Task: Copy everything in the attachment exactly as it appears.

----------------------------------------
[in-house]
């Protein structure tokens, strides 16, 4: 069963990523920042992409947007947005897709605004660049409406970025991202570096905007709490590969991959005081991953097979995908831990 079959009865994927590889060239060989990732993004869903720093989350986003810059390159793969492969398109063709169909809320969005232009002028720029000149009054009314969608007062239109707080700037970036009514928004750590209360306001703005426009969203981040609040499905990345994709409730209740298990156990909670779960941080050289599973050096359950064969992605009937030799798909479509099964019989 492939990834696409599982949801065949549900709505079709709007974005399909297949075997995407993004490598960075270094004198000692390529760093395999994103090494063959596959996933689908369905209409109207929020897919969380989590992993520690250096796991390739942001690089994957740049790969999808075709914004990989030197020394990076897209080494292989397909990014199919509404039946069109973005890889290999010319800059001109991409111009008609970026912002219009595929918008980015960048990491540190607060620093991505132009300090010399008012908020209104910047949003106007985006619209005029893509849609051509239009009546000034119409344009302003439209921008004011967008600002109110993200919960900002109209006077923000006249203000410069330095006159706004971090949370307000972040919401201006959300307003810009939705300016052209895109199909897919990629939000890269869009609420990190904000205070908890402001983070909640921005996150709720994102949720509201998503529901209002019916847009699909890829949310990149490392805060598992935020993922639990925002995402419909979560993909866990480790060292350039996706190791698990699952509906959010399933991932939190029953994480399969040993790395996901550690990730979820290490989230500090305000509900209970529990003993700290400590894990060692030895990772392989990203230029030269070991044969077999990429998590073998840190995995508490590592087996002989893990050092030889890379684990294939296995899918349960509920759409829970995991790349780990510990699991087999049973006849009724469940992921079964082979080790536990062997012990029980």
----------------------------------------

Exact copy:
[in-house]
């Protein structure tokens, strides 16, 4: 069963990523920042992409947007947005897709605004660049409406970025991202570096905007709490590969991959005081991953097979995908831990 079959009865994927590889060239060989990732993004869903720093989350986003810059390159793969492969398109063709169909809320969005232009002028720029000149009054009314969608007062239109707080700037970036009514928004750590209360306001703005426009969203981040609040499905990345994709409730209740298990156990909670779960941080050289599973050096359950064969992605009937030799798909479509099964019989 492939990834696409599982949801065949549900709505079709709007974005399909297949075997995407993004490598960075270094004198000692390529760093395999994103090494063959596959996933689908369905209409109207929020897919969380989590992993520690250096796991390739942001690089994957740049790969999808075709914004990989030197020394990076897209080494292989397909990014199919509404039946069109973005890889290999010319800059001109991409111009008609970026912002219009595929918008980015960048990491540190607060620093991505132009300090010399008012908020209104910047949003106007985006619209005029893509849609051509239009009546000034119409344009302003439209921008004011967008600002109110993200919960900002109209006077923000006249203000410069330095006159706004971090949370307000972040919401201006959300307003810009939705300016052209895109199909897919990629939000890269869009609420990190904000205070908890402001983070909640921005996150709720994102949720509201998503529901209002019916847009699909890829949310990149490392805060598992935020993922639990925002995402419909979560993909866990480790060292350039996706190791698990699952509906959010399933991932939190029953994480399969040993790395996901550690990730979820290490989230500090305000509900209970529990003993700290400590894990060692030895990772392989990203230029030269070991044969077999990429998590073998840190995995508490590592087996002989893990050092030889890379684990294939296995899918349960509920759409829970995991790349780990510990699991087999049973006849009724469940992921079964082979080790536990062997012990029980």